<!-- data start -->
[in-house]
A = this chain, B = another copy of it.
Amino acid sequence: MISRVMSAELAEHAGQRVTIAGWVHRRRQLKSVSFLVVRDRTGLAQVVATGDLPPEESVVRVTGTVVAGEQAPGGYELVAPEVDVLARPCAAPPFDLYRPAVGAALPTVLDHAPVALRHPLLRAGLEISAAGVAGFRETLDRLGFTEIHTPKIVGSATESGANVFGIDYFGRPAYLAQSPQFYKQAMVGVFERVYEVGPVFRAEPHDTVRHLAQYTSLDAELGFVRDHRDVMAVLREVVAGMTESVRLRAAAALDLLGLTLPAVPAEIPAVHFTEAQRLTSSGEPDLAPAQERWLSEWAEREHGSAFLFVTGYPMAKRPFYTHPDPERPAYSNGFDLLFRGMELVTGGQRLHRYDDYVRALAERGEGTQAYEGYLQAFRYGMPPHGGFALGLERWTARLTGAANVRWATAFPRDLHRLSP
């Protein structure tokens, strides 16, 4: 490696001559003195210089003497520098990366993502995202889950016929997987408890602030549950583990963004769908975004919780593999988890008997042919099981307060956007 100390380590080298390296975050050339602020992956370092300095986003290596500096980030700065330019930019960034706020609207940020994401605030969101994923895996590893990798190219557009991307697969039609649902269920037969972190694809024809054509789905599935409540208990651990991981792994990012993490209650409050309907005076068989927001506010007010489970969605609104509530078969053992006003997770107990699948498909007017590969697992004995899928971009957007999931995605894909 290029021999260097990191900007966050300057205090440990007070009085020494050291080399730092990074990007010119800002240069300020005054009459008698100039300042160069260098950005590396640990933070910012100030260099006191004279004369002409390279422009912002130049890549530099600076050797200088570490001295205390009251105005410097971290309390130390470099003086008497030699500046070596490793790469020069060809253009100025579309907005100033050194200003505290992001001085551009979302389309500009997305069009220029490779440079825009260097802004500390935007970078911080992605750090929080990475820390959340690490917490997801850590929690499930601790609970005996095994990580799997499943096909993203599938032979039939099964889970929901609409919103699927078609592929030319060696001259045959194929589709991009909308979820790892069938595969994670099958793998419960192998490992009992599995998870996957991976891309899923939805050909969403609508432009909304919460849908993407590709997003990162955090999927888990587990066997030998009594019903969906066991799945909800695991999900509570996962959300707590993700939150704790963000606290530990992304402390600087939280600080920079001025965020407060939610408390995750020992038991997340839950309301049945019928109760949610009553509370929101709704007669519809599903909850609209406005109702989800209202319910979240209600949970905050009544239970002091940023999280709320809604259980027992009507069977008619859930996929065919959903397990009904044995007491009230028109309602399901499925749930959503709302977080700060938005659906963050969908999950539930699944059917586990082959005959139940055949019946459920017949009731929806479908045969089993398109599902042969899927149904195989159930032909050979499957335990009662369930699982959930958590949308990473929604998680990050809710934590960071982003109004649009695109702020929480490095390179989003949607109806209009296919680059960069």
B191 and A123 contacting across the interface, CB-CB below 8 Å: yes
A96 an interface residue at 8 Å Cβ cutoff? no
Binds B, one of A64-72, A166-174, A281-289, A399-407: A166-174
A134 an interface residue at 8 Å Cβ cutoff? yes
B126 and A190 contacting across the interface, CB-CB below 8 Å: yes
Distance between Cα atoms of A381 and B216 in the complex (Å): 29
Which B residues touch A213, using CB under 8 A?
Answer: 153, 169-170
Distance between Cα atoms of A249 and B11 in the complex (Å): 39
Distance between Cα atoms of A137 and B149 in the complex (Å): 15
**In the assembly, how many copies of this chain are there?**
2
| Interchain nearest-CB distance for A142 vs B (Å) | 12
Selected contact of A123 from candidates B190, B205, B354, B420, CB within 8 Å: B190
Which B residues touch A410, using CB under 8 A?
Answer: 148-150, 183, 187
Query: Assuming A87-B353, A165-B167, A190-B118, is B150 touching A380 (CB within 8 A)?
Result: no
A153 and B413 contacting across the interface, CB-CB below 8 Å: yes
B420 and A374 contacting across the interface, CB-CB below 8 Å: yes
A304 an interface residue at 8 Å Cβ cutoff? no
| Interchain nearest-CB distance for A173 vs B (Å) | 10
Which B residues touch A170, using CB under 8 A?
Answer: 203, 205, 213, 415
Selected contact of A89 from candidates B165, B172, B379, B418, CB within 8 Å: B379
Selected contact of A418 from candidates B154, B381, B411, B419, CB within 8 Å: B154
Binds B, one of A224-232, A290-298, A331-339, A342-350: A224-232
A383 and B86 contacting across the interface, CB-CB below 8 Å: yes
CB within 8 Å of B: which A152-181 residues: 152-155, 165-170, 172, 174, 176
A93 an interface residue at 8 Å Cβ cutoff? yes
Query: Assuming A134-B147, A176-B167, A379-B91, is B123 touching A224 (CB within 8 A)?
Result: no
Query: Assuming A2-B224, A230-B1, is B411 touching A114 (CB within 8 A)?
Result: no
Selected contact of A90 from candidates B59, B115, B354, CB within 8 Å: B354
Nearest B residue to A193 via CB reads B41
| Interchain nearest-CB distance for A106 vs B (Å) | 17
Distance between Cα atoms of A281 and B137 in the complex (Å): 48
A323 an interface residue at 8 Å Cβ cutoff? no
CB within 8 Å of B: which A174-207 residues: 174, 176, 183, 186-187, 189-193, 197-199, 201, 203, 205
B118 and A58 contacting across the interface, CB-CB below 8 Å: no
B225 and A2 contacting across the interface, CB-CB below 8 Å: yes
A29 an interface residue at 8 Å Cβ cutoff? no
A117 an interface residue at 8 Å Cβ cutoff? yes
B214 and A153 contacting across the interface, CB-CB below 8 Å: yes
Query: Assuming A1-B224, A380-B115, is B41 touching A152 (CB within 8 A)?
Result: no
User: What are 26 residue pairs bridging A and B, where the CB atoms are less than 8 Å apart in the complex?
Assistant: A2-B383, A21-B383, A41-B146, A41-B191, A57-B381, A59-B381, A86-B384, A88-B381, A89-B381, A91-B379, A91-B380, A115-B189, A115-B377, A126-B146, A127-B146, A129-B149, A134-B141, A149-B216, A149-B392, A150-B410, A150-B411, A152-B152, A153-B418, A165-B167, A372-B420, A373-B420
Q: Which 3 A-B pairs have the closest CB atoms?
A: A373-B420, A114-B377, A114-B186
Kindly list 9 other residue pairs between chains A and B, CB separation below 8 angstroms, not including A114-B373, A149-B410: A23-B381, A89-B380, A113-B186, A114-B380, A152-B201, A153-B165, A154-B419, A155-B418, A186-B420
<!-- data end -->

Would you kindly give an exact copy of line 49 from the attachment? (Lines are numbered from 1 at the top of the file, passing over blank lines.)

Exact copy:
B214 and A153 contacting across the interface, CB-CB below 8 Å: yes